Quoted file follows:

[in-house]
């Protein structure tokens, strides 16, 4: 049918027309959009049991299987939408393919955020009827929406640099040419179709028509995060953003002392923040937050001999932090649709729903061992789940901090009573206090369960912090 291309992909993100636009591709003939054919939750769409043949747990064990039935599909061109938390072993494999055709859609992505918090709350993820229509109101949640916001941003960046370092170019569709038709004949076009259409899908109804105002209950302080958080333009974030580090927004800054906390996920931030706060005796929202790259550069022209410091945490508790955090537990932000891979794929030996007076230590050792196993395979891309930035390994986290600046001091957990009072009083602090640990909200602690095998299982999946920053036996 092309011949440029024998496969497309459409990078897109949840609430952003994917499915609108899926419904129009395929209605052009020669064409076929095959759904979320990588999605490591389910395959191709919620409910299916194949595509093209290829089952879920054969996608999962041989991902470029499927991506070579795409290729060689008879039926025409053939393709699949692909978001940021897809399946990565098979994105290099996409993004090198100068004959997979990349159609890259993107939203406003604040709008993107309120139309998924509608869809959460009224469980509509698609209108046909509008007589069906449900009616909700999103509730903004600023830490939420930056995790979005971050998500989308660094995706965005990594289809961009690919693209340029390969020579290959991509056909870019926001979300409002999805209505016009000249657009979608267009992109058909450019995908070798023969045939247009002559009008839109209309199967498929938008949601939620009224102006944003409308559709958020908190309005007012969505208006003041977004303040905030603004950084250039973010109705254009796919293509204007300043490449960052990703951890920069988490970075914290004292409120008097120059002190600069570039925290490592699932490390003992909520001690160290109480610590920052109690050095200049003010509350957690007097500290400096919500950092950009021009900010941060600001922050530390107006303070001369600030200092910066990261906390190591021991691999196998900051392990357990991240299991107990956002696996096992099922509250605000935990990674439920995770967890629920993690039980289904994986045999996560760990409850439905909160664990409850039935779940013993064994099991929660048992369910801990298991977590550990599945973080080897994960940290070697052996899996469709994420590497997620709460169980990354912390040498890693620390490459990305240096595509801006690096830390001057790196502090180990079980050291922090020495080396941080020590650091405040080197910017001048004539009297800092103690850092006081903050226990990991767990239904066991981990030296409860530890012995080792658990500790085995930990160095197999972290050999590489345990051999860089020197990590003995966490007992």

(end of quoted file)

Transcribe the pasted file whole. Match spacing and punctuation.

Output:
[in-house]
């Protein structure tokens, strides 16, 4: 049918027309959009049991299987939408393919955020009827929406640099040419179709028509995060953003002392923040937050001999932090649709729903061992789940901090009573206090369960912090 291309992909993100636009591709003939054919939750769409043949747990064990039935599909061109938390072993494999055709859609992505918090709350993820229509109101949640916001941003960046370092170019569709038709004949076009259409899908109804105002209950302080958080333009974030580090927004800054906390996920931030706060005796929202790259550069022209410091945490508790955090537990932000891979794929030996007076230590050792196993395979891309930035390994986290600046001091957990009072009083602090640990909200602690095998299982999946920053036996 092309011949440029024998496969497309459409990078897109949840609430952003994917499915609108899926419904129009395929209605052009020669064409076929095959759904979320990588999605490591389910395959191709919620409910299916194949595509093209290829089952879920054969996608999962041989991902470029499927991506070579795409290729060689008879039926025409053939393709699949692909978001940021897809399946990565098979994105290099996409993004090198100068004959997979990349159609890259993107939203406003604040709008993107309120139309998924509608869809959460009224469980509509698609209108046909509008007589069906449900009616909700999103509730903004600023830490939420930056995790979005971050998500989308660094995706965005990594289809961009690919693209340029390969020579290959991509056909870019926001979300409002999805209505016009000249657009979608267009992109058909450019995908070798023969045939247009002559009008839109209309199967498929938008949601939620009224102006944003409308559709958020908190309005007012969505208006003041977004303040905030603004950084250039973010109705254009796919293509204007300043490449960052990703951890920069988490970075914290004292409120008097120059002190600069570039925290490592699932490390003992909520001690160290109480610590920052109690050095200049003010509350957690007097500290400096919500950092950009021009900010941060600001922050530390107006303070001369600030200092910066990261906390190591021991691999196998900051392990357990991240299991107990956002696996096992099922509250605000935990990674439920995770967890629920993690039980289904994986045999996560760990409850439905909160664990409850039935779940013993064994099991929660048992369910801990298991977590550990599945973080080897994960940290070697052996899996469709994420590497997620709460169980990354912390040498890693620390490459990305240096595509801006690096830390001057790196502090180990079980050291922090020495080396941080020590650091405040080197910017001048004539009297800092103690850092006081903050226990990991767990239904066991981990030296409860530890012995080792658990500790085995930990160095197999972290050999590489345990051999860089020197990590003995966490007992």